Why Isn't MTV Dealing With Real World Star's Homophobia?


Nobody expects much from The Real World anymore. As Gawker’s Brian Moylan pointed out last April, “the show and the audience have changed drastically since it started. It is time to put the old girl down.”

And yet the show continues, currently airing its 24th season, shot in New Orleans and featuring one of the most reprehensible cast members to be featured in quite some time, Ryan Leslie, who spends much of his screen time rattling off blatantly homophobic statements while simultaneously reminding everyone that he is not, and will never be, gay. Leslie’s sexuality is his own business; in watching the show, you get the sense that we are to infer that Leslie is, in fact, gay and that his homophobia is his means of attempting to fight his own identity. But regardless of Leslie’s sexuality or motivations, it seems as though MTV has no problem continuing to showcase his homophobia, and neglecting to issue any statements regarding hate speech, which is what’s taking place here, in favor of allowing the audience to make their own assumptions.

Leslie’s Twitter feed had come under fire in recent weeks as a depository for many of his homophobic rants; when called out on his hate speech by ONTD’s Aurosan, Leslie retaliated by posting such charming statements as “I would like to see you in person and smash your gay fucking face in,” which prompted a call for an apology from GLAAD, which Leslie issued in a later tweet, noting that he wanted “to apologize to the gay community–tweet not meant to offend. I take responsibility for what I said on Friday and I am sorry.” That was on July 27. The tweet you see above was posted yesterday. Clearly, Leslie isn’t sorry at all.

GLAAD has noted that it “is speaking to MTV about the dangers of showcasing Leslie’s anti-LGBT attitudes on such a widely viewed series like The Real World,” but it’s frustrating that they even have to point out Leslie’s hate speech to the network, or ask that MTV consider putting some context to Leslie’s rants. His cast mate, Preston Charles, told the Advocate that he initially sympathized with Leslie, who truly seems frustrated with being called gay due to fitting certain stereotypes, but that “sympathy was squashed because, despite efforts to connect with and understand the kid, Ryan’s behavior was and remains not only disgusting, but pretty damn hurtful.” It’s one thing to showcase Leslie’s homophobic attitudes on the show—acting as if people like Leslie do not exist would be quite unfair—but without any attempt to point out to the audience at home why Ryan’s behavior is so reprehensible, is the show really just providing a platform for hate?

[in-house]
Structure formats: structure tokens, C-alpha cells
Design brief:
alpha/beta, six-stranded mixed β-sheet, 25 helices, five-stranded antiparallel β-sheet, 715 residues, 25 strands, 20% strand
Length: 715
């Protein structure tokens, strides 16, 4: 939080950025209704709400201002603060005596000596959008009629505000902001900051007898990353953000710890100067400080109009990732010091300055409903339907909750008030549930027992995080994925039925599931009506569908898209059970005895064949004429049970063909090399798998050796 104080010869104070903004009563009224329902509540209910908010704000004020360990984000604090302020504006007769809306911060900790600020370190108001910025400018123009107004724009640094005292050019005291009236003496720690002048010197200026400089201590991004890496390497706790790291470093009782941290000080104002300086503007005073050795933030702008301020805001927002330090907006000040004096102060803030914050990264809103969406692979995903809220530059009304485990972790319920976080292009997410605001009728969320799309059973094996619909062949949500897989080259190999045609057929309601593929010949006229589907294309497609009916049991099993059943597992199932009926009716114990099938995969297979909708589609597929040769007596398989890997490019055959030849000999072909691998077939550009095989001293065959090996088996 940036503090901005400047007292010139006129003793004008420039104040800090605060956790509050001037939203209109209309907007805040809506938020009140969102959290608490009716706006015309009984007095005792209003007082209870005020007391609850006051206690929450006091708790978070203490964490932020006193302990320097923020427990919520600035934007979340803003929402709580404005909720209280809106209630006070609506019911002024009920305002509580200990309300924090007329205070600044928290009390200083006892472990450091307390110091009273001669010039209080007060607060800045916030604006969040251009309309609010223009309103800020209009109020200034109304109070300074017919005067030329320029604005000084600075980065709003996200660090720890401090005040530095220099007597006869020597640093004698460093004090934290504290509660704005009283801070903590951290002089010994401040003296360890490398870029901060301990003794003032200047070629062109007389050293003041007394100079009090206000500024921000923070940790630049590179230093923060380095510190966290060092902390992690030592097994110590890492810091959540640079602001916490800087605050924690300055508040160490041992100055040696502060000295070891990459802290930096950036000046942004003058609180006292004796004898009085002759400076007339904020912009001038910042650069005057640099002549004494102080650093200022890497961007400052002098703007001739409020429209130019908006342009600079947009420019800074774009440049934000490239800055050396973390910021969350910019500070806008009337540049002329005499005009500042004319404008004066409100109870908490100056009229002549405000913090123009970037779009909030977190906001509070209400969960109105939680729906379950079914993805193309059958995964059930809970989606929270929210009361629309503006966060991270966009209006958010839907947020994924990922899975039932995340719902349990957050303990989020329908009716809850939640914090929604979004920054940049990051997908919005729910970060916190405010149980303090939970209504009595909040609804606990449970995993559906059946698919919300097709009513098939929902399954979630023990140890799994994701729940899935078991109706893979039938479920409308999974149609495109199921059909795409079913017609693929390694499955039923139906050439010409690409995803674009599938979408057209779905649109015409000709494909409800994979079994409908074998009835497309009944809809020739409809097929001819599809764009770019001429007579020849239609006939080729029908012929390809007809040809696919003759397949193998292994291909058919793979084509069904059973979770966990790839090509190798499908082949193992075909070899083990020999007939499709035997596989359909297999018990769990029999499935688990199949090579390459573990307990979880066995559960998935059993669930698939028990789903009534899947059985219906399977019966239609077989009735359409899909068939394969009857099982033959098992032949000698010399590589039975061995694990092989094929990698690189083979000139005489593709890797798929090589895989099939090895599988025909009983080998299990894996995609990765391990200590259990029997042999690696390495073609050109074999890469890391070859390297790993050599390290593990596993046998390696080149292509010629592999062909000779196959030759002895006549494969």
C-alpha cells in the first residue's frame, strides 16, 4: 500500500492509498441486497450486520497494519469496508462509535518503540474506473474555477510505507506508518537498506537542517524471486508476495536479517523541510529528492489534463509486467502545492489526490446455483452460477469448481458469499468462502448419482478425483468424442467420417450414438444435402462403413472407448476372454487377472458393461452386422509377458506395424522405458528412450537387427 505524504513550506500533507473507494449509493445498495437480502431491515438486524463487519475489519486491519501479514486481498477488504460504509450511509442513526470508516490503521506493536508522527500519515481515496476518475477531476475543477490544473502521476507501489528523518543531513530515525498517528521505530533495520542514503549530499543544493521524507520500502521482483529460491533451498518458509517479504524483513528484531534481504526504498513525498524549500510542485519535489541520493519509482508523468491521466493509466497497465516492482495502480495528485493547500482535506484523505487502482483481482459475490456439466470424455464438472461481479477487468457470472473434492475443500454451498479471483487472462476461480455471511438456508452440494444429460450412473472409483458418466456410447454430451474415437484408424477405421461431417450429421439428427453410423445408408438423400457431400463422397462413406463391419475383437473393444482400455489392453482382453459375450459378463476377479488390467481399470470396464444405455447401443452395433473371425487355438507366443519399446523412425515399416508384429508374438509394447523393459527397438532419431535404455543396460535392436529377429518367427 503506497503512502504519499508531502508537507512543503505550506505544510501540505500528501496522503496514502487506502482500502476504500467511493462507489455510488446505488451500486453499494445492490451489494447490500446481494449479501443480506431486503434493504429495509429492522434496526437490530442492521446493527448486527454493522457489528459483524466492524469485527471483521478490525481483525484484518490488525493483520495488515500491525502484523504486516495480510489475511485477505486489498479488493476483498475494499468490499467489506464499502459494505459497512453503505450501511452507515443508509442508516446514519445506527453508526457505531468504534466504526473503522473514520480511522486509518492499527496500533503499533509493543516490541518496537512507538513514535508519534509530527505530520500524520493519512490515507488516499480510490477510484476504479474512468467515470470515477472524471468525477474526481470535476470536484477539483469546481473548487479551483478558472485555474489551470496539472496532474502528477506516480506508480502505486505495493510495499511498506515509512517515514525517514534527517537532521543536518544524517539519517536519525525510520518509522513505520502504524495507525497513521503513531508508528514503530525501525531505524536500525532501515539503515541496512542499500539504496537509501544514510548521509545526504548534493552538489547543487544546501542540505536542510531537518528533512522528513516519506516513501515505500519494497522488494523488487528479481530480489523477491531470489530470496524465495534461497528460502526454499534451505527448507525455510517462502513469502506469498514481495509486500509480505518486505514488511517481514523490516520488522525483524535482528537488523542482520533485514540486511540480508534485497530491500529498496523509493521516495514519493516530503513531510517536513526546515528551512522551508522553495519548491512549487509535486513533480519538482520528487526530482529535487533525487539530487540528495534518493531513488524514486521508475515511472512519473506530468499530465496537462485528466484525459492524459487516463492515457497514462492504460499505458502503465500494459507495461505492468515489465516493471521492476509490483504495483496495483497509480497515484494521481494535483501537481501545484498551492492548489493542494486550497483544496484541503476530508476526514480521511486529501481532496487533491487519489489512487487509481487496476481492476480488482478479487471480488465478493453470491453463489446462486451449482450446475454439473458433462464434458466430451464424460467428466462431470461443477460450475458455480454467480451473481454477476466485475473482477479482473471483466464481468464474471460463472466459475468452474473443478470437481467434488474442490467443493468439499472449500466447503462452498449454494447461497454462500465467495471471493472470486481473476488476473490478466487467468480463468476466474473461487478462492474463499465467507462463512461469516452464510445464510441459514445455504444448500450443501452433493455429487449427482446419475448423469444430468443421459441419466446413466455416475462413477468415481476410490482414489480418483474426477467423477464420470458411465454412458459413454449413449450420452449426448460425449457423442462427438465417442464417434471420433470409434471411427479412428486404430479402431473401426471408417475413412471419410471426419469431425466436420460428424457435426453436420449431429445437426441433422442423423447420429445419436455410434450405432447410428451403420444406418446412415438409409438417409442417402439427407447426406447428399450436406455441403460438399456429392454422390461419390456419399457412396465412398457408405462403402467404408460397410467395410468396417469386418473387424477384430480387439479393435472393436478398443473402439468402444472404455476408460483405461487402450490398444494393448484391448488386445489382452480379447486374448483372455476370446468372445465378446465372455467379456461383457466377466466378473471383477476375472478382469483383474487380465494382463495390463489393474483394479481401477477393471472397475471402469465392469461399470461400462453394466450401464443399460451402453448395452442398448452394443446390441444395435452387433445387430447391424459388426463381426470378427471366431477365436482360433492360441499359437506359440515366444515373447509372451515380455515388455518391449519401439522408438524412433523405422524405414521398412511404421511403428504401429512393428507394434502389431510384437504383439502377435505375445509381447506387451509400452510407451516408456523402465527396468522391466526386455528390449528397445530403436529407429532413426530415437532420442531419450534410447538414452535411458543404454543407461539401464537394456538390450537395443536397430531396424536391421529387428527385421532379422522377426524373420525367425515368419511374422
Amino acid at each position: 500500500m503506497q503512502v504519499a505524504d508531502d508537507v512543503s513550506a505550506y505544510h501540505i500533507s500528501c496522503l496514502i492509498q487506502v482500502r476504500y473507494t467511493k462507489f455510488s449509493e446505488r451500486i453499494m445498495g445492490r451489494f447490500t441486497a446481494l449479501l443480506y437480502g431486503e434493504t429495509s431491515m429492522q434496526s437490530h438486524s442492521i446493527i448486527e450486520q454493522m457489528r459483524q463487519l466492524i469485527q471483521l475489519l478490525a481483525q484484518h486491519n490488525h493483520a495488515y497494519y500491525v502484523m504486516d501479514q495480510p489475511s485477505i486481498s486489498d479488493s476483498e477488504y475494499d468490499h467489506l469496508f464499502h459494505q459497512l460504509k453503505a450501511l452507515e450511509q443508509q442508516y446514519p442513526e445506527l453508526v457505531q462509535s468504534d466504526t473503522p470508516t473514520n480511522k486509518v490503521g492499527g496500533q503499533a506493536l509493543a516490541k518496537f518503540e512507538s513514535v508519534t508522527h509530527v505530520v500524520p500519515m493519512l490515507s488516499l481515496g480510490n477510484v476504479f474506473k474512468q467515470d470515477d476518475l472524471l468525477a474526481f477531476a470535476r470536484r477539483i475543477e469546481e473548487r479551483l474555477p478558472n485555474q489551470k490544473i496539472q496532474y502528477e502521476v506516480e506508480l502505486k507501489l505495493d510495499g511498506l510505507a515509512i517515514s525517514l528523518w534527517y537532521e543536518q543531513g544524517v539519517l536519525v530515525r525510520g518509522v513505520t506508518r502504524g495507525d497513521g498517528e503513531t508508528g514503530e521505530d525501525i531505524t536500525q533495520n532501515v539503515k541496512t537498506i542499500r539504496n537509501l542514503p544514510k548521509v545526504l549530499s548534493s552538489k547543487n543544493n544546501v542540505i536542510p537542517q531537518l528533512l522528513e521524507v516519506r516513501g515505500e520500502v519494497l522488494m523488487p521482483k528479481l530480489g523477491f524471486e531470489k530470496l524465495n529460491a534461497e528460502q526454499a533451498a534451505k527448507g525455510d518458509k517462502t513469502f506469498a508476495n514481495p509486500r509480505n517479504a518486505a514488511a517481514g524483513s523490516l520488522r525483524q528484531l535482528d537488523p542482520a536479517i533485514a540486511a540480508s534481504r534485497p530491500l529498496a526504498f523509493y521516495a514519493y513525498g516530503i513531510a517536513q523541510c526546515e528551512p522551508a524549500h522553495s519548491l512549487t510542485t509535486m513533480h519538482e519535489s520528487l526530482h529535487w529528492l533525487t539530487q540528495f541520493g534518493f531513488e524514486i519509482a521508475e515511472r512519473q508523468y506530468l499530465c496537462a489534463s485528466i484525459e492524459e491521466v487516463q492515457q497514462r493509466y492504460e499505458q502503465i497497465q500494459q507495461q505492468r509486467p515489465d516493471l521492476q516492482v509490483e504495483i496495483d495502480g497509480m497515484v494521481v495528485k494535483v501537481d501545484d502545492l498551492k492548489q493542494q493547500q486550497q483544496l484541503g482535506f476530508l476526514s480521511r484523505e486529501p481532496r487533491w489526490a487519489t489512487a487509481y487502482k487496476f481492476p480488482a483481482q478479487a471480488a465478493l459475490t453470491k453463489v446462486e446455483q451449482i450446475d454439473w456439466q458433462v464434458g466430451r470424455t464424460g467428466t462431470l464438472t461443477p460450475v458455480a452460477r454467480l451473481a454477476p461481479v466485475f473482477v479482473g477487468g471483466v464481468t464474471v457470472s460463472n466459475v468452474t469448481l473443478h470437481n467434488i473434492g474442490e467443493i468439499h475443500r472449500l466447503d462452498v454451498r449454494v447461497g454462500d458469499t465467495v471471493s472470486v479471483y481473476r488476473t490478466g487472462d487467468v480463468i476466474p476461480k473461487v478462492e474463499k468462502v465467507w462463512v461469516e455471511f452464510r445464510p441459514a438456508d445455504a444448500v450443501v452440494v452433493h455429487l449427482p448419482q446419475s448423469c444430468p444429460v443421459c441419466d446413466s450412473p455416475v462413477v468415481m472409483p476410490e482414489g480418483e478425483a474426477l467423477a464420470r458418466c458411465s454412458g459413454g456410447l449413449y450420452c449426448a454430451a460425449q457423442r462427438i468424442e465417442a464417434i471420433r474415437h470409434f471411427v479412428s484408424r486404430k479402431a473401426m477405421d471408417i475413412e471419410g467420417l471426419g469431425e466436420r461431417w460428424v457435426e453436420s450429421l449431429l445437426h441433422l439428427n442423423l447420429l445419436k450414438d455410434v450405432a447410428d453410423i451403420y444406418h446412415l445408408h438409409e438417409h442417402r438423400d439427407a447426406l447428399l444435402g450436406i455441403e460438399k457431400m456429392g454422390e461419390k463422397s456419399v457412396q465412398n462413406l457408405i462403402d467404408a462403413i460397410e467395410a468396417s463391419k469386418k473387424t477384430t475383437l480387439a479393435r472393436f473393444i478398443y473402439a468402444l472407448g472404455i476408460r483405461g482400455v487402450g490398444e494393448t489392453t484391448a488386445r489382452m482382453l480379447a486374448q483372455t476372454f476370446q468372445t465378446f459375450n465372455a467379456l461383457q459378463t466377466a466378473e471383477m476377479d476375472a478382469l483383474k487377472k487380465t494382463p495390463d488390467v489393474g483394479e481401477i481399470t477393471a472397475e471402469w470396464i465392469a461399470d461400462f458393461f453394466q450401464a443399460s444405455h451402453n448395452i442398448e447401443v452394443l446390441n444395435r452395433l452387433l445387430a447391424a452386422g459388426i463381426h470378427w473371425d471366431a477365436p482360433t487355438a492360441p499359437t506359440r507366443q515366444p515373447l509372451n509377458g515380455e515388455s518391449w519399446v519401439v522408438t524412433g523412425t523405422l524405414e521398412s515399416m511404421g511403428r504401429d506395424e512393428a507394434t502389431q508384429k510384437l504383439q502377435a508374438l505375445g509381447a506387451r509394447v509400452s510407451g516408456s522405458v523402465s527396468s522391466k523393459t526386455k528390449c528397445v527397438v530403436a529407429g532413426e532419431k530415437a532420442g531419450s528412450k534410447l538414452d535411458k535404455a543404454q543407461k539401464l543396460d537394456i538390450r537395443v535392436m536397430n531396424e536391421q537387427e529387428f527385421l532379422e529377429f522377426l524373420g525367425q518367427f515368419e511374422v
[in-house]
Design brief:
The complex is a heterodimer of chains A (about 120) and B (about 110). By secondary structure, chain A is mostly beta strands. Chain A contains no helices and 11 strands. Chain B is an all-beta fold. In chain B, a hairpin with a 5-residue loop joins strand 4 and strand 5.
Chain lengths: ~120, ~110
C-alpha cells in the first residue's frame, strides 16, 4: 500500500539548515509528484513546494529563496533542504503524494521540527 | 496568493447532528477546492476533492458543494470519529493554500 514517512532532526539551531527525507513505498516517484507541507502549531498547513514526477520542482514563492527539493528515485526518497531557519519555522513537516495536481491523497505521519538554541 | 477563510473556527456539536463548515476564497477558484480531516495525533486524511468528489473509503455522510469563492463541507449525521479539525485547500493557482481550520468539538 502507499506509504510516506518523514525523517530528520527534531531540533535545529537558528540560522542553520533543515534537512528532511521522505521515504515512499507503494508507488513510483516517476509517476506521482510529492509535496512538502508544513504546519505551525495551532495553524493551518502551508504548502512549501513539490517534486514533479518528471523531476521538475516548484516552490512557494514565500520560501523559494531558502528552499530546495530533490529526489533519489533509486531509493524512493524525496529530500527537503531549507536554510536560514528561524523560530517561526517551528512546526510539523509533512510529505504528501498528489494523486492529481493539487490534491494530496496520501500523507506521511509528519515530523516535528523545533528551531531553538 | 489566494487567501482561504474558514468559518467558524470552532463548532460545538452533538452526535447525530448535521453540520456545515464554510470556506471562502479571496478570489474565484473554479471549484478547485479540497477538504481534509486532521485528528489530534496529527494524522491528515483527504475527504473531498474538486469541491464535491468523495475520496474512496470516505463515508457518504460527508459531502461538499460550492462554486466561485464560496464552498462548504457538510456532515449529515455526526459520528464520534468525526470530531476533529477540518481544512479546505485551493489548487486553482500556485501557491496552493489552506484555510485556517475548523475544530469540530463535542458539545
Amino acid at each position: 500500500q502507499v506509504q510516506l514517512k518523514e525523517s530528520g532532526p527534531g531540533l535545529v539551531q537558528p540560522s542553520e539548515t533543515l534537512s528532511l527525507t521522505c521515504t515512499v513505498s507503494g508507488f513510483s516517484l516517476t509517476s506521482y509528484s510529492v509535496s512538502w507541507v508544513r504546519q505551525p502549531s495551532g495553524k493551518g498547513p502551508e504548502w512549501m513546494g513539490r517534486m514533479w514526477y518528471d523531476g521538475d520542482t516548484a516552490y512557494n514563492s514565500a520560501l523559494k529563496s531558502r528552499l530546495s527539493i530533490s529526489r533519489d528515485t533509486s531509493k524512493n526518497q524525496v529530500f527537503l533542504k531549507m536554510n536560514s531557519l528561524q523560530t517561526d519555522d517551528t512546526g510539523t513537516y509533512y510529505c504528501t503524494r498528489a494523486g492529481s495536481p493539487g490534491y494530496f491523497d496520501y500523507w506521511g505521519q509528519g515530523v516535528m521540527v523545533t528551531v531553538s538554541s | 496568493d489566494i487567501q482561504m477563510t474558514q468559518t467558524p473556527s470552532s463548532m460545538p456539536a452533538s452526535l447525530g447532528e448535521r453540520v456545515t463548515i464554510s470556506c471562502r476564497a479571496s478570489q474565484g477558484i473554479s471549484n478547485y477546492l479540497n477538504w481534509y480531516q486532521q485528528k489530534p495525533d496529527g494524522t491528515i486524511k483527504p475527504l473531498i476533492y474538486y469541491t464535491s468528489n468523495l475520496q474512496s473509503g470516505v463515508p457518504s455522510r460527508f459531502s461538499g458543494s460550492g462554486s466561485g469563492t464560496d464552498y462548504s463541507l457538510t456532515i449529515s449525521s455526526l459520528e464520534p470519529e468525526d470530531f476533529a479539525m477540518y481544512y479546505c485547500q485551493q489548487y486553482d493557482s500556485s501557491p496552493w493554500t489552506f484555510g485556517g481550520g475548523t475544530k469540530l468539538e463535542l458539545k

It’s especially strange when you consider that the network seems to want to position itself as more socially aware, broadcasting shows like Teen Mom and If You Really Knew Me in an attempt to engage viewers in conversations about difficult topics like teen pregnancy and bullying. But on the other hand, this is the same network that broadcast images of a woman being punched in the face repeatedly before removing the clip and attempting to position itself as anti-violence, even as subsequent episodes of the program—Jersey Shore, highlighted various fights, including an incident where cast member Ronnie Magro actually knocks another man out with one punch. Women are allowed to hit women on the Jersey Shore, and men are allowed to hit men. Two female cast members have slapped two male cast members, and those incidents were broadcast repeatedly without any disclaimer regarding violence of any sort. It seems that only the act of a man hitting a woman requires a statement on the network’s behalf—everything else is fair game and a source of entertainment.

It is not MTV’s responsibility to change Ryan Leslie’s attitudes or to monitor what he posts on his personal Twitter page. But Leslie is, in a way, representing the network, and allowing him to continue to post truly hateful things—and say them on the show (which they willingly chose him for, by the way)—without attempting to distance themselves from his words positions them as tolerant of this behavior, and even as profiting off of it, and it solidifies the notion that The Real World has long overstayed its welcome: it’s no longer about people who stop being polite and start getting real, it’s about providing a platform for people like Leslie to attempt to make a name for themselves by consistently taking pride in how much they hate everybody else.

MTV Must Cancel The Real World [Gawker]
Real World Homophobia [Advocate]
Closeted Real World Nobody Threatens Your Moderation Team [ONTD]
Real World’s Ryan Leslie Offers Apology For Anti-Gay Tweets [ONTD]

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